Updated: Mar 20
The Boston Marathon is iconic. It was first run in 1887, making this year the 127th running (and my second!) of the 26.2 mile race. The point to point route from Hopkinton, MA to Boylston Street in Boston has a notorious series of hills (most notably Heartbreak hill at mile 20sh), screaming fans (thanks to the college kids at Wellseley College), and a welcoming Citgo sign indicating one more mile to go before the finish line. These are just a few of the reasons why runners work so hard to qualify for the hilliest and hardest of the 6 World Major marathon courses.
Being a native (up-state) New Yorker, I was always drawn to running the New York City Marathon and was lucky enough to secure a lottery spot on my first try in 2018! The race it self, city views through all 5 boroughs, and cheering fans were everything I hoped it would be, but my time wasn't. Within a few days I already had plans to figure out a way to quality for Boston. In 2019 I ran the Chicago marathon after a more balanced training plan and better race day nutrition, and easily qualified for Boston! After a series of delays due to Covid, I finally got to run Boston in October 2021 and it was amazing. With a few gritty last miles I was able to secure another qualifying time for this April's race. With only 1 month until race day, I'm ramping up for 'peak week' followed by a couple of lovely weeks to taper, and then a fun filled few days in Boston!
This week involves another long run of 18 miles at an "easy" pace (~9min/mile) with 2-3 miles at "race" pace (~8:10min/mile) towards the end of the run. A few more runs to round out the week include a 3-5 mile easy run, an interval run (1/2 mile repeats x 8-10), and a 5-6 mile progressive run (starting slow and ending at 10k pace). A similar pattern with slightly less miles is the plan for the following week leading into taper madness!
Some runners get a little antsy during taper week, but I love it! I have more time and energy plus less soreness and blisters. I take tapering seriously because after peak week, my body needs a break. Around this time I start checking race day weather daily and start thinking about my outfit options.
I am so grateful to live in Denver and have direct flights to and from Boston. My husband will join me on the journey as we fly Saturday to Boston, check out the expo and pick up my bib on Sunday, and then the big race day on Monday. Although my husband is a runner, he won't be running the race with me. Instead he'll be biking along the course to see me as many times as possible (and provide snacks as needed too!). At the 2021 race, he and my brother saw me 6 times! After the race we have a few days to explore and eat our way through Boston before heading home.
The logistics of the marathon are complicated. Our hotel is in Brookline, so I'll be taking the T into the center of Boston, catch a marathon bus, then 1+ hours of bus riding, get dropped off in Hopkinton, only to walk another 1.5 miles to the start line, wait around for a bit, and then start to the race!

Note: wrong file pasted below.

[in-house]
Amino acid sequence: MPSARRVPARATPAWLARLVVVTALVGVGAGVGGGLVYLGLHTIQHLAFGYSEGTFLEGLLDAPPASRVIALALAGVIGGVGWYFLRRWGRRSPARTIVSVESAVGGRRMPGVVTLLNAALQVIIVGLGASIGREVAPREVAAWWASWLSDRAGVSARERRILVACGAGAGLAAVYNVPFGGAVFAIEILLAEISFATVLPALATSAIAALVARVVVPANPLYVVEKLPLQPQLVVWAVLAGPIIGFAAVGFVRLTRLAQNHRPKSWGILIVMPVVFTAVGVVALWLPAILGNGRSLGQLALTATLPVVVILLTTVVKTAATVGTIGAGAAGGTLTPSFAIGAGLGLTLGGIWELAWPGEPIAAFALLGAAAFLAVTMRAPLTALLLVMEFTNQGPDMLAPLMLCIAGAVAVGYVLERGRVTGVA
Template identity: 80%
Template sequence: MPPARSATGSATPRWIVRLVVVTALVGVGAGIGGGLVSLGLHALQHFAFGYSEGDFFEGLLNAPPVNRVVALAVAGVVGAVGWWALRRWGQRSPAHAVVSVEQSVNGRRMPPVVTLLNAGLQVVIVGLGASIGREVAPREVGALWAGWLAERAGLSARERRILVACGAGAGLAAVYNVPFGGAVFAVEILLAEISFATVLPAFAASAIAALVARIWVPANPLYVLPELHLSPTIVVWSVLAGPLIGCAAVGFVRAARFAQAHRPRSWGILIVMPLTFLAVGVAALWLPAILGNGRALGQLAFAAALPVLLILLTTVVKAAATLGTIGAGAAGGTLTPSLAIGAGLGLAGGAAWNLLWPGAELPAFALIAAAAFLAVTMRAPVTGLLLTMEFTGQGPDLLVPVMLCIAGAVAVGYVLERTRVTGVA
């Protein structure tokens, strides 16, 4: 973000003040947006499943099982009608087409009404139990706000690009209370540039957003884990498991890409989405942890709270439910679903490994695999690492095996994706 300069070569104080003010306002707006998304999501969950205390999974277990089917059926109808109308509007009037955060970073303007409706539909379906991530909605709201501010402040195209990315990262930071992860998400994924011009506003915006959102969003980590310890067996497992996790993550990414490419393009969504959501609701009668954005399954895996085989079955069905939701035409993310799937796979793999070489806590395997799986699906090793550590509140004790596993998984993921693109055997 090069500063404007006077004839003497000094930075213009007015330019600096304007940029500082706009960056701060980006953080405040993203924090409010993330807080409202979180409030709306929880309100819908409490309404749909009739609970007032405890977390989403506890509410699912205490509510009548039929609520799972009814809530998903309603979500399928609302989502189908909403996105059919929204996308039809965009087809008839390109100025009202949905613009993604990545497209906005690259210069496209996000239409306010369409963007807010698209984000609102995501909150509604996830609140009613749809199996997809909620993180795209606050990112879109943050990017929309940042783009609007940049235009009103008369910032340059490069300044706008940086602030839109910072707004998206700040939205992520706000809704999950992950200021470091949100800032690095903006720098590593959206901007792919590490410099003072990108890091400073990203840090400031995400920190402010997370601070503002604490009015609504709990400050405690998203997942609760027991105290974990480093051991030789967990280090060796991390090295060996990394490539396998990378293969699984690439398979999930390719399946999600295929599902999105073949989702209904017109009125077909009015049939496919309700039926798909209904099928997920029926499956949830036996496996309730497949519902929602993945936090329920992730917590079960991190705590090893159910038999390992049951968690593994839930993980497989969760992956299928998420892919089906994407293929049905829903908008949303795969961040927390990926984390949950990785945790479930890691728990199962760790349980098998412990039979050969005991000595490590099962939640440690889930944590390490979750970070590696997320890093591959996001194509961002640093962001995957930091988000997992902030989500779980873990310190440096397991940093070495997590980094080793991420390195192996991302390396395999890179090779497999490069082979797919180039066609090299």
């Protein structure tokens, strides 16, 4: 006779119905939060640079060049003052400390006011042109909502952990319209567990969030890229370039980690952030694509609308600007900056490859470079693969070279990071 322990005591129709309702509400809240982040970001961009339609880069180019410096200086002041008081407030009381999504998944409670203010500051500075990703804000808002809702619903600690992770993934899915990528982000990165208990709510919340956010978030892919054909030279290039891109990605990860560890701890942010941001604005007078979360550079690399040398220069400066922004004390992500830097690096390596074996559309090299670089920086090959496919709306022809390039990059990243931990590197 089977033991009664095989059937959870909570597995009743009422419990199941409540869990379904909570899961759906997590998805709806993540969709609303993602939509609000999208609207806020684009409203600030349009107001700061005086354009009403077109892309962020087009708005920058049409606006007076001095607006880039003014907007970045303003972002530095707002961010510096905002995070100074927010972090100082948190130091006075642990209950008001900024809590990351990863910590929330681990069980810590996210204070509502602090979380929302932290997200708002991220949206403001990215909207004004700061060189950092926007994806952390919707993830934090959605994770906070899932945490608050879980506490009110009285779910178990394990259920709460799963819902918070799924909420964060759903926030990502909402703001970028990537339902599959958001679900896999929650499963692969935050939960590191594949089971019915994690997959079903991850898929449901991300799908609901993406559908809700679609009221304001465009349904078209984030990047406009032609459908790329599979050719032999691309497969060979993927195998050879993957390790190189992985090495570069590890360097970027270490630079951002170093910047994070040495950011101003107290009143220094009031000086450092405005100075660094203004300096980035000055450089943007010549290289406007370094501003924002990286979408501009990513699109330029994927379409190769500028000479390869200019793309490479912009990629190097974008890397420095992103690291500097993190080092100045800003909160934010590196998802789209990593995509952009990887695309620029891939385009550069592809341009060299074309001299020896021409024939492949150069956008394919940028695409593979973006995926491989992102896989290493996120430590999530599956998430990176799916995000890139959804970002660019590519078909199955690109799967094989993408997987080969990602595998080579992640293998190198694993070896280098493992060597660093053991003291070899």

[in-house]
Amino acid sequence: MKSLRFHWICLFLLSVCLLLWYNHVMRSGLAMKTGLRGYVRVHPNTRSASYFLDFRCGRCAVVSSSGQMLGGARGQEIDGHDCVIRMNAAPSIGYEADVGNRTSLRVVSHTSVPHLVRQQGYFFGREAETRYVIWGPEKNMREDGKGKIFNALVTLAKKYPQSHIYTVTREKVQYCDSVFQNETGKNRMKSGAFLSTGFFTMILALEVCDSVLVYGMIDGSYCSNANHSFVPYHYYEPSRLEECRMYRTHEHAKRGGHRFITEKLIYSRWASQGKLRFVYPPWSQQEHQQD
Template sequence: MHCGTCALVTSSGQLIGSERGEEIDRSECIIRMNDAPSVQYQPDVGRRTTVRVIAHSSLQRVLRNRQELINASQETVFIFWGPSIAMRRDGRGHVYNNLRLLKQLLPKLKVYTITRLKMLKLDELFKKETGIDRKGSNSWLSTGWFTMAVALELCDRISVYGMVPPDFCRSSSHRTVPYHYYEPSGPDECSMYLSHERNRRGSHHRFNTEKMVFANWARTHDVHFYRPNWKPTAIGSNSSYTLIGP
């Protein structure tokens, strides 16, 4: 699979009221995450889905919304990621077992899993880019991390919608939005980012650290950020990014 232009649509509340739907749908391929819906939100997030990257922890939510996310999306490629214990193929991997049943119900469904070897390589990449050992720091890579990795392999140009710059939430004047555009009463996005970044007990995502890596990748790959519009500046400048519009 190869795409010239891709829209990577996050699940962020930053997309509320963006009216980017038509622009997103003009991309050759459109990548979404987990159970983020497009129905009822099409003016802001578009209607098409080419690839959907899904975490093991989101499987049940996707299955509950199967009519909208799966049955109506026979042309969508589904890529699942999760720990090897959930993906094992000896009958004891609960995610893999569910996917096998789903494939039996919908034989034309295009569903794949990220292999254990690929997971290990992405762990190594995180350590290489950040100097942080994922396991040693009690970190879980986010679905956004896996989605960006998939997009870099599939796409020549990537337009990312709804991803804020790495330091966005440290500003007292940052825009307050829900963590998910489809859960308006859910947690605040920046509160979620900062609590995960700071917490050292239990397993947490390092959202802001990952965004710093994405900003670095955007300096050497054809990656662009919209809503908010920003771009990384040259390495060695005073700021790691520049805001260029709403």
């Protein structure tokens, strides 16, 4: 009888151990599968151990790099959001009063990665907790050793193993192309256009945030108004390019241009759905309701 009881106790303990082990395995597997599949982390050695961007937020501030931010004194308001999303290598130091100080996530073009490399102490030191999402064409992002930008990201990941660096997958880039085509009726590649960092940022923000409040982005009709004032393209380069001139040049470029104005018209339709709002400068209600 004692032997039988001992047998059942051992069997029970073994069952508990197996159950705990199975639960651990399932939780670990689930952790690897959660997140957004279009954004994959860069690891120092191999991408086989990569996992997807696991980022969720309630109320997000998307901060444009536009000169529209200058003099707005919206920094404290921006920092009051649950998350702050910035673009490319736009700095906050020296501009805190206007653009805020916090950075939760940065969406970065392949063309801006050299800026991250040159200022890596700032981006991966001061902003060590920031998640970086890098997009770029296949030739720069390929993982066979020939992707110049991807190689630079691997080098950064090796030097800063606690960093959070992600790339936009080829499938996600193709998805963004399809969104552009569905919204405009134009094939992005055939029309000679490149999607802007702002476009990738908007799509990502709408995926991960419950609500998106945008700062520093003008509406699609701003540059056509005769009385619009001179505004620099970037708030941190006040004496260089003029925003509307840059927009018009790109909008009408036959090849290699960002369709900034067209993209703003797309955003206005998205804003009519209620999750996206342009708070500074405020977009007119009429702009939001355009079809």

Nutrition has turned out to be my Achilles heel in many races and adventures, but (hopefully) won't be an issue this year with a well thought out breakfast of peanut butter and jelly plus a banana and snickers bar. During the race I keep Skratch gummies and fruit snacks in my shorts, with my husband carrying along a couple of bananas and peanut butter snickers bars if extra fuel is needed. In 2021, I didn't quite account for the humidity (~88%) and warm (high of 67deg) weather and had to rely on generous race spectators handing out Gatorade and treats.
Chipotle is my go-to post race meal. A carnitas bowl has plenty of carbs, salt, and calories for me. And then a post-race nap!
I typically don't run for 7-10 days post-marathon, drink plenty of water, sleep as much as I want, eat whatever I want, and do some yoga!
Ragnar Relays in Aspen. A 120+ mile trail race with 7 of my closest (running) friends!
Follow along with the last month of my training and travels through Boston on my Instagram: https://www.instagram.com/thephysioandtheyogini/
Dr Jessica Klain PT, DPT, COMT, CSCS, OCS, CNPT
Board Certified Orthopedic Clinical Specialist (OCS)
Certified Strength and Conditioning Specialist (CSCS)
Certified Orthopedic Manual Therapist (COMT)
Certified Nutritional Physical Therapist (CNPT)
Certified Vestibular Specialist
Certified Concussion Specialist
Trigger Point Dry Needling Certified, Level 1&2
Certified Yoga Teacher
University of Florida, Doctorate in Physical Therapy (2009)
The Ohio State University, Bachelor of Science in Biology (2006)